Last year I wrote a blog post about what I perceived as a commodification of an amazing Buddhist concept: mindfulness, or sati. Today, I would like to go back on the topic, after I’ve recently attended:
- a one-day Vipassana meditation retreat;
- a two-hour training session on mindfulness for teachers.
I now feel I have familiarised with both aspects a little bit more, so I would like to update my previous post with some more in-depth considerations on the issue.
Mindfulness as a state
As our meditation teacher said, in Buddhism mindfulness is a state, not a technique. It is a condition of awareness of everything that’s happening in and outside the mind, of dwelling in the present moment without giving in to unconscious, negative emotions (such as greed, hatred, restlessness, etc).
It is something that needs to be cultivated with patience in everyday life, through meditation but also though living a simpler life, avoiding useless distractions and putting rightful effort into trying to make every moment into a mindful moment.
So you could say it isn’t a walk in the park.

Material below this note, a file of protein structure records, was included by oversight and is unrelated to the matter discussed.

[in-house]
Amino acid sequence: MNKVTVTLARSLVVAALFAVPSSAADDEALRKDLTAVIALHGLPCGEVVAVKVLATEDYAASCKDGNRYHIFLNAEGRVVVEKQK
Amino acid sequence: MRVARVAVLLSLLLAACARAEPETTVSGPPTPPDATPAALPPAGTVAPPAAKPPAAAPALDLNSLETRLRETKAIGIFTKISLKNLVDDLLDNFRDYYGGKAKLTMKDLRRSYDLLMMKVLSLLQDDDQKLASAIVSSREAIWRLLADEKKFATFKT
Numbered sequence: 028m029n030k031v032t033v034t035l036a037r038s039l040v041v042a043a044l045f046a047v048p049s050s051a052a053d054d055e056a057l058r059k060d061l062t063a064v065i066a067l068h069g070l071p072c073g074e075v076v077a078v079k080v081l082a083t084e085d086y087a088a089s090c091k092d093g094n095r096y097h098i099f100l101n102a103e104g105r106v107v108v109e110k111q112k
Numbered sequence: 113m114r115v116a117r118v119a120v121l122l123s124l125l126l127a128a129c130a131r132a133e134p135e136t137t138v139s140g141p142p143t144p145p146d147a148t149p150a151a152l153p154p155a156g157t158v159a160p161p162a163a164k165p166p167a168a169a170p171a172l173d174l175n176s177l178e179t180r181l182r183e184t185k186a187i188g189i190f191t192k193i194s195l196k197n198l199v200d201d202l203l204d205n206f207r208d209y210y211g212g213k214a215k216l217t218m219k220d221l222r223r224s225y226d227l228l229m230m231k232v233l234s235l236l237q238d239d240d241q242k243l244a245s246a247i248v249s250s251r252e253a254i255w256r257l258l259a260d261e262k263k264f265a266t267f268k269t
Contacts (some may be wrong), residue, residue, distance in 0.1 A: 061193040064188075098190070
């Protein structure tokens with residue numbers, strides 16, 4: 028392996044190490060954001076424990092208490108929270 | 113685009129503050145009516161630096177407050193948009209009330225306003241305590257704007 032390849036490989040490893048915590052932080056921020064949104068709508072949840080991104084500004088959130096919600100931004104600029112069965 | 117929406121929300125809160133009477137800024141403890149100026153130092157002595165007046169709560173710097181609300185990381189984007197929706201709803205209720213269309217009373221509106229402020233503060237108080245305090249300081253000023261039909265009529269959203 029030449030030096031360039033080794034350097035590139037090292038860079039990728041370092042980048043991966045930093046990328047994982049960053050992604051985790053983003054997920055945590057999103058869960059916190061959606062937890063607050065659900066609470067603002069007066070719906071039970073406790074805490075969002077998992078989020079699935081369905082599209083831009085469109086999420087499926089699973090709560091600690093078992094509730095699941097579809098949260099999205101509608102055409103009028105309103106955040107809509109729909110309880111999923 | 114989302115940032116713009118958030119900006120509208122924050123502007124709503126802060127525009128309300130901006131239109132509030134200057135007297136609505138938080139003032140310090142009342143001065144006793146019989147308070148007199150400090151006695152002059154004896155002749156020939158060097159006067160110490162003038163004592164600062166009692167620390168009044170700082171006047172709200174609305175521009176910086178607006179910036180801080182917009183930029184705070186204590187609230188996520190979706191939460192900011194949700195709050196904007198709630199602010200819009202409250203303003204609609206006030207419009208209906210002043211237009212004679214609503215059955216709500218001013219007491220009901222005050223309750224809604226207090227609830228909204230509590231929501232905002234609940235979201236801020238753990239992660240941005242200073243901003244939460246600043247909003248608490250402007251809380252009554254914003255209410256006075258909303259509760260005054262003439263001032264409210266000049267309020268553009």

Mindfulness as a technique
However, psychologists and psychiatrists have taken some of the Buddhist concepts, and transformed them into a series of… I don’t know exactly: techniques? principles? a kind of therapy? I am not very familiar with this, so if you do know please add information on the comments below.
Anyway, all the things the lovely Chantelle from Lingua Point told us during the training session at school made perfect sense, they sounded more like common sense than anything else. And I could see how they are grounded on general Buddhist principles, made easier and more accessible for us westerners.
Is it useful in ELT?
But (and there’s a big BUT for me) is this oversimplification useful? It definitely makes the Buddhist principles more accessible, but are they as effective? And what about using it in the classroom?
I left the training session at school feeling a bit puzzled. My colleagues were saying: yes, it’s all very nice, it makes perfect sense, but how can we practice this?
I think this is where the core of the question lies: can you reap the same benefits if you don’t make the same effort? And even if you decided that just making your life a bit better or reliving some stress would be enough for you, is this watered down version really good enough to do that?
Chantelle said she has been seeing some benefits since she started practising some of the techniques she described to us, and I definitely agree with her, some of these ideas are so common sense we should all be keeping them in mind.
However, I still remain sceptical. I feel this eradication of the basic principles from the whole philosophy that lies behind them makes them less powerful, and consequently less effective in creating a true state of mindfulness.
And how they can be used in the classroom to improve teaching and learning still remains a mistery to me.